Data S1.
 Multivariate analysis of associations between the excursions and participant demographics using age, gender, BMI, tidal volume, VC, FEV1, and smoking history as factors (Model 2).Help with DOCX filesOptionsDownload file (23 K)

The bilateral diaphragm is the most important respiratory muscle. Diaphragmatic dysfunction is an underappreciated cause of respiratory difficulties and may be due to a wide variety of issues, including surgery, trauma, tumor, and infection (1). Several previous studies have evaluated diaphragmatic motion using fluoroscopy 2; 3; 4 ;  5, ultrasound 6 ;  7, magnetic resonance (MR) fluoroscopy (dynamic MR imaging [MRI]) 8; 9; 10; 11 ;  12, and computed tomography (CT) 13; 14; 15 ;  16. However, the data of the previous studies using ultrasound, MR fluoroscopy, or CT were obtained in a supine position 6; 7; 8; 9; 10; 11; 12; 13; 14; 15 ;  16, not in a standing position. Also, while the data of the previous studies using fluoroscopy were obtained in a standing position, the data were assessed under forced breathing 2 ;  3, not under tidal or resting breathing. Thus, diaphragmatic motion in a standing position during tidal breathing remains unclear, even though it is essential for understanding respiratory physiology in our daily life. Furthermore, the evaluation of diaphragmatic motion using fluoroscopy, ultrasound, dynamic MRI, or CT has not been used as a routine examination because of limitations, including high radiation dose, small field of view, low temporal resolution, and/or high cost.
Recently, dynamic chest radiography using a flat panel detector (FPD) system with a large field of view was introduced for clinical use. This technique can provide sequential chest radiographs with high temporal resolution during respiration (17), and the radiation dose is much lower than that of CT. Also, whereas CT and MRI are performed in the supine or prone position, dynamic chest radiology can be performed in a standing or sitting position, which is physiologically relevant. To the best of our knowledge, no detailed study has analyzed diaphragmatic motion during tidal breathing by using dynamic chest radiography.

Sample information cosmogenic isotope concentrations and site cosmogenic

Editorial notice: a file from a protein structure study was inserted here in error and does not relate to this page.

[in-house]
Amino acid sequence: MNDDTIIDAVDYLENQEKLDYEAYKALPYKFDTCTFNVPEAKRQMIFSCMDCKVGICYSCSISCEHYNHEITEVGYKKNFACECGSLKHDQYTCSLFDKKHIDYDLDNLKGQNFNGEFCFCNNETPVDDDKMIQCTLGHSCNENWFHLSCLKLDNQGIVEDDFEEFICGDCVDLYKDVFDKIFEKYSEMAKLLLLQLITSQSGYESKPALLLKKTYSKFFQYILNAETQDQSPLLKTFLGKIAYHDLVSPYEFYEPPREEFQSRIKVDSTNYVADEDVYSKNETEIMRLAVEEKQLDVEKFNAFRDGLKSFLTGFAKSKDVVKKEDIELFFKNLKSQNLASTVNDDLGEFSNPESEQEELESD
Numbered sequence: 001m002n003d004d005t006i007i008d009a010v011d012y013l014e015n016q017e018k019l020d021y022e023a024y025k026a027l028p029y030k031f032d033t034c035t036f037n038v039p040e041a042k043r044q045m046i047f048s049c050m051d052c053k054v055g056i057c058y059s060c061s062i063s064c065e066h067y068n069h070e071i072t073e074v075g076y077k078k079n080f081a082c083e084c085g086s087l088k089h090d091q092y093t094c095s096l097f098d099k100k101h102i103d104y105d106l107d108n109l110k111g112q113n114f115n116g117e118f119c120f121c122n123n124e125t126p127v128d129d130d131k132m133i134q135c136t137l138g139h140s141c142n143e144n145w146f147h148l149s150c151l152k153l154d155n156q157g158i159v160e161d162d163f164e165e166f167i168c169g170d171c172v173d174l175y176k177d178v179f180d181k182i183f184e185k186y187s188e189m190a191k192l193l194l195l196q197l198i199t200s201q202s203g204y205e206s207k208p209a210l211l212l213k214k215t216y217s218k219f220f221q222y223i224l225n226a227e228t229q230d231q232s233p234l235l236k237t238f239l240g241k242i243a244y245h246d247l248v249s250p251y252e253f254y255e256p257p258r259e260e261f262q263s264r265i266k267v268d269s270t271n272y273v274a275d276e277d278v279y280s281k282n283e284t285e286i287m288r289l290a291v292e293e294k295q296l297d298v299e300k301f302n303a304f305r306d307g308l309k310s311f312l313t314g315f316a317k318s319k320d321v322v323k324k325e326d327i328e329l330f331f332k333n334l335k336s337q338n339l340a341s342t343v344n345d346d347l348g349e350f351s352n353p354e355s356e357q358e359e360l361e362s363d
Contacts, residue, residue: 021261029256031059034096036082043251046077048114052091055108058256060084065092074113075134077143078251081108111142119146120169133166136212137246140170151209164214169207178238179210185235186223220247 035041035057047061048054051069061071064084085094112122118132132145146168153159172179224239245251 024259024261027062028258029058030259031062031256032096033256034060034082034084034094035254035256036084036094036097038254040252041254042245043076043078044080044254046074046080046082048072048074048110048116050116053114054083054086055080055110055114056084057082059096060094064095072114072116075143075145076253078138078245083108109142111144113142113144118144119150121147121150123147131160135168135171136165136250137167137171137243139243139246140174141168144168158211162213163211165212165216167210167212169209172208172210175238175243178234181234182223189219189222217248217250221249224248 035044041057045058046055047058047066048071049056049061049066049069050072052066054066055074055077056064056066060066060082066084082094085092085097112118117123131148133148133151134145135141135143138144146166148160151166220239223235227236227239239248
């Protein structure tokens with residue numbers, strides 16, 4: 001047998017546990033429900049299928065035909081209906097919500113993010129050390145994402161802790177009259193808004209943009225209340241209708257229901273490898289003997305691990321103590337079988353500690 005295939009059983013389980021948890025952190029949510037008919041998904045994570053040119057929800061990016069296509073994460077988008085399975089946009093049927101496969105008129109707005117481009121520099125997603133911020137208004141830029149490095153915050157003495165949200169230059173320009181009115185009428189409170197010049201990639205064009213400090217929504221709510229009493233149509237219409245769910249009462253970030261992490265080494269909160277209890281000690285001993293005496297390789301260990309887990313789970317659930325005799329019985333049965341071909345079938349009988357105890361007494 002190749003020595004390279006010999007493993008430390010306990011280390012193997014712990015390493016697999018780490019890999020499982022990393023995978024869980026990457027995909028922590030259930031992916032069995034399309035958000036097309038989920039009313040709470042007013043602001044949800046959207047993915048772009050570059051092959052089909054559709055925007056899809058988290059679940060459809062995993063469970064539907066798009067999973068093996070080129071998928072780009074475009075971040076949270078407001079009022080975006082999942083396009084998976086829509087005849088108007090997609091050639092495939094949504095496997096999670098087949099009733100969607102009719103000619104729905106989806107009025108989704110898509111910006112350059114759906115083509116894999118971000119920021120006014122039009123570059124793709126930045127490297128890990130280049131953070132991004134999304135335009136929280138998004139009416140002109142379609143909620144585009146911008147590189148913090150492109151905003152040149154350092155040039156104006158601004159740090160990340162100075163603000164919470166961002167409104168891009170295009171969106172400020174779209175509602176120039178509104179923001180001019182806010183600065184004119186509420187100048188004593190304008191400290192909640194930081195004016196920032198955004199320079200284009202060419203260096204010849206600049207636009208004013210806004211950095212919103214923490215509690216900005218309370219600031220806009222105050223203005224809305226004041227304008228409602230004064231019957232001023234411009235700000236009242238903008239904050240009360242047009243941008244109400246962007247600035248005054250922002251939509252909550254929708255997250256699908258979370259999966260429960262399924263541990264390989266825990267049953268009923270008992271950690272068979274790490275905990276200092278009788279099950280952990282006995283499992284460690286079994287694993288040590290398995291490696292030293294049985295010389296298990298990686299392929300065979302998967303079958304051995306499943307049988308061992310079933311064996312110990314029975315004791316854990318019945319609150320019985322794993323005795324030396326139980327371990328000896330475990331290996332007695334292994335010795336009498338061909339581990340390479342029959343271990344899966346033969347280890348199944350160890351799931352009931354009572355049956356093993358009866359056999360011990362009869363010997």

Sample information, cosmogenic isotope concentrations and site cosmogenic production rates.Sample namePhaseAlt (m)Boulder size (L&nbsp Nanaomycin A × W) × H (m)a10Be (atoms/g-Q) (× 106)b26Al (atoms/g-Q) (× 106)b26Al/10Be ratioShielding correctiocDepth correctioncScaling factord10Be Site production rate (at/g/yr)eDR-1A9880(2 × 2) × 1.00.127 ± 0.0081.037 ± 0.1208.17 ± 1.080.9780.9742.0397.668DR-1B880(1.2 × 0.8) × 0.70.141 ± 0.0071.005 ± 0.0707.15 ± 0.610.9780.9562.0397.532DR-2A908(1.5 × 1.5) × 2.00.141 ± 0.0070.930 ± 0.1186.60 ± 0.890.9780.9612.0857.737DR-2B910(3 × 4) × 1.60.130 ± 0.0050.785 ± 0.0666.03 ± 0.560.9780.9482.0887.647DR-3A8940(1 × 0.5) × 0.60.135 ± 0.0061.084 ± 0.0998.00 ± 0.820.9910.9652.1388.077DR-3B942(2 × 3) × 1.50.138 ± 0.0060.954 ± 0.0766.94 ± 0.630.9910.9562.1428.018DR-4A7805(1 × 1.1) × 1.00.129 ± 0.0060.760 ± 0.1095.89 ± 0.890.9880.9481.9207.103DR-4B805(1 × 1.1) × 1.00.120 ± 0.0050.870 ± 0.0667.25 ± 0.630.9880.9481.9207.103DR-5B5790(3 × 3) × 10.945 ± 0.0256.445 ± 0.4956.82 ± 0.560.9890.9561.8977.087DR-5A790(3 × 3) × 10.878 ± 0.0226.169 ± 0.4167.03 ± 0.510.9890.9401.8976.963DR-6A4660(1.5 × 1.5) × 1.21.388 ± 0.0449.147 ± 0.5626.59 ± 0.461.0000.9651.7076.505DR-6B660(2.5 × 2) × 1.00.573 ± 0.0254.427 ± 0.3307.73 ± 0.671.0000.9481.7076.390aMinimum height of sampled boulder above local ground level. Sampling area at latitude 42.33° S and longitude 146.17°E (see Fig. 1 for detailed map location).bMeasured concentrations at site location. Uncertainty represents quadrature addition of 1σ errors in final AMS isotope ratio, masses, Al assay (±4%) and a 2% systematic variability in repeat measurement of AMS standards. AMS 10Be ratios normalized to NIST-4325 with a nominal value of 27,900 × 10−15. AMS 26Al ratios normalized to PRIME Lab Z93-0221 with a nominal value of 16,800 × 10−15.cCorrection factors to site production rate due to sample exposure geometry from horizon shielding (using m = 2.3) and sample thickness (∼2–6 cm) with Λ = 150 gm cm−2 and ρ = 2.7 gm cm−3.dAltitude and latitude scaling factors derived from Stone (2000).eSite production rate of 10Be based on sea-level high latitude spallogenic plus muon production rates of 10Be (spall) = 3.85 ± 0.12 ( ± 3%) atoms/g.y (Putnam et?al., 2010a and Putnam et?al., 2010b; see text) and 26Al(spall) = 26.0 ± 2.6 (±10%) atoms/g.y based on assumed production rate spallation ratio of 6.75 (see Balco et al., 2008). Total muon production rate of 10Be is filtration normalized to 0.10 atoms/g/y and scaled independently as given in Stone (2000). Production rates do not include paleo-magnetic corrections.Full-size tableTable optionsView in workspaceDownload as CSV